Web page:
tl;dr: there is no one-size-fits-all computer, nor a clear-cut strategy. Read up on different parts, and decide for yourself.
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Markus

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Message 43198 - Posted: 29 Mar 2012, 1:47:34 UTC - in response to Message 43179.  

My power bill is paid for by the college, so yeaaah. :D No need to worry there. And it's only just considering how much i'm paying for this kraphole. :D

Thank you. That was exactly the kind of post I needed.
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dt

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Message 43221 - Posted: 1 Apr 2012, 3:29:08 UTC - in response to Message 43050.  

What project would be good to work on if you wanted to make the world a better place?
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BOINCuser

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Message 43232 - Posted: 1 Apr 2012, 10:37:24 UTC - in response to Message 43221.  

What project would be good to work on if you wanted to make the world a better place?


Make ur own thread next time...

To answer ur question.

I think World Community Grid is the best project to make a better world.
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Co
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Message 43553 - Posted: 17 Apr 2012, 4:14:05 UTC - in response to Message 43232.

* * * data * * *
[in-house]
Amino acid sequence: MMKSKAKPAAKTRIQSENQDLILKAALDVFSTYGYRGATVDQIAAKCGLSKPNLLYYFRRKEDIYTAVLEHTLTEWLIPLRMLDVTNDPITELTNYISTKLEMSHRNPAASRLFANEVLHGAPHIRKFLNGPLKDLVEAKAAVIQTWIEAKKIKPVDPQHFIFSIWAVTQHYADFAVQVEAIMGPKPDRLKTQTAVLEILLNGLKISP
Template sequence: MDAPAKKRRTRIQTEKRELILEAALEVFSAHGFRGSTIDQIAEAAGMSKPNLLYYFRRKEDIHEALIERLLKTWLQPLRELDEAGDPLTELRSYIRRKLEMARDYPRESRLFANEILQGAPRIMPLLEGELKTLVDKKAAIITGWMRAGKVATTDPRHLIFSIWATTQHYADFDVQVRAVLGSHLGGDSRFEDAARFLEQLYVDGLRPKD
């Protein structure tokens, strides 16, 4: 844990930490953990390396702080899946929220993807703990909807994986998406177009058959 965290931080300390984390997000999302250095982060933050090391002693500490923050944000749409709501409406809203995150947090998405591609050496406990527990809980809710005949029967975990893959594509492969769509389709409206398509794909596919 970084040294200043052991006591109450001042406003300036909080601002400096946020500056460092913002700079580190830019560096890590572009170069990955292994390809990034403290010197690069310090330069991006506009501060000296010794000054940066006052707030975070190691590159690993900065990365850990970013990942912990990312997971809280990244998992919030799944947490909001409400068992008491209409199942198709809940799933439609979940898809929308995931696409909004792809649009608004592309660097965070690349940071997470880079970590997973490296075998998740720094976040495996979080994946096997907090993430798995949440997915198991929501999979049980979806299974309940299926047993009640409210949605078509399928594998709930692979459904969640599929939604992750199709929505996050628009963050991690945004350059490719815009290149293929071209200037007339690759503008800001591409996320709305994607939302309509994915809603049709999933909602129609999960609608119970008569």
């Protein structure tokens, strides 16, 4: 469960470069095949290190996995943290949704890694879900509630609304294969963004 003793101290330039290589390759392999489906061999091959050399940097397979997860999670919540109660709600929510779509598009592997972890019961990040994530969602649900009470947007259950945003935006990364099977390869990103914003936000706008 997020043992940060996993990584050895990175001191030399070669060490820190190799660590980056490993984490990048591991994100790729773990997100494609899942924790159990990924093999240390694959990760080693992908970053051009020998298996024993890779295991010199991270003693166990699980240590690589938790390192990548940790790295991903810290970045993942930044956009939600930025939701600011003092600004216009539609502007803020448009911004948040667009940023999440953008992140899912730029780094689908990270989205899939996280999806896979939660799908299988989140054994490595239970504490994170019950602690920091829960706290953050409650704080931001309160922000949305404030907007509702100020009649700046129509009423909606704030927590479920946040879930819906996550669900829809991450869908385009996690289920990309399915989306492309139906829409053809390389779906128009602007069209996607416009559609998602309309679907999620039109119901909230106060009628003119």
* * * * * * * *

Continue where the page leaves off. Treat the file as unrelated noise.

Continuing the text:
Nvidia TESLA is the best thing we can add to computing desktop I believe.
Any statistics btw in comparison with ATI?

http://www.ebay.com/itm/nVidia-Tesla-C2050-Graphics-Card-Retailing-3200-3800-/180863726729?pt=AU_Components&hash=item2a1c517489
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Luke Formosa

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Message 44061 - Posted: 8 May 2012, 22:36:19 UTC

I know this thread is 15 days old, but here's a very useful benchmark lis that encompasses all the CPUs in existence (or at least most of them):

http://www.cpubenchmark.net/cpu_list.php

You can click twice on the "passmark CPU mark" column to sort by performance - in general, double the CPU mark means about double the work done (i.e. double the points) per day.

What's also evident from the list is that €1600 won't even cover the cost of the CPU alone if you want the fastest CPU on earth at this moment in time (the Intel Xeon E5-2690)

The best not-insanely-expensive CPU in terms of performance is thus the Intel Core i7-3930K.

And the best sub-$400 CPU in terms of performance would be the Intel Core i7-3770K.
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Message boards : Questions and problems : I'd like to build the ideal BOINC computer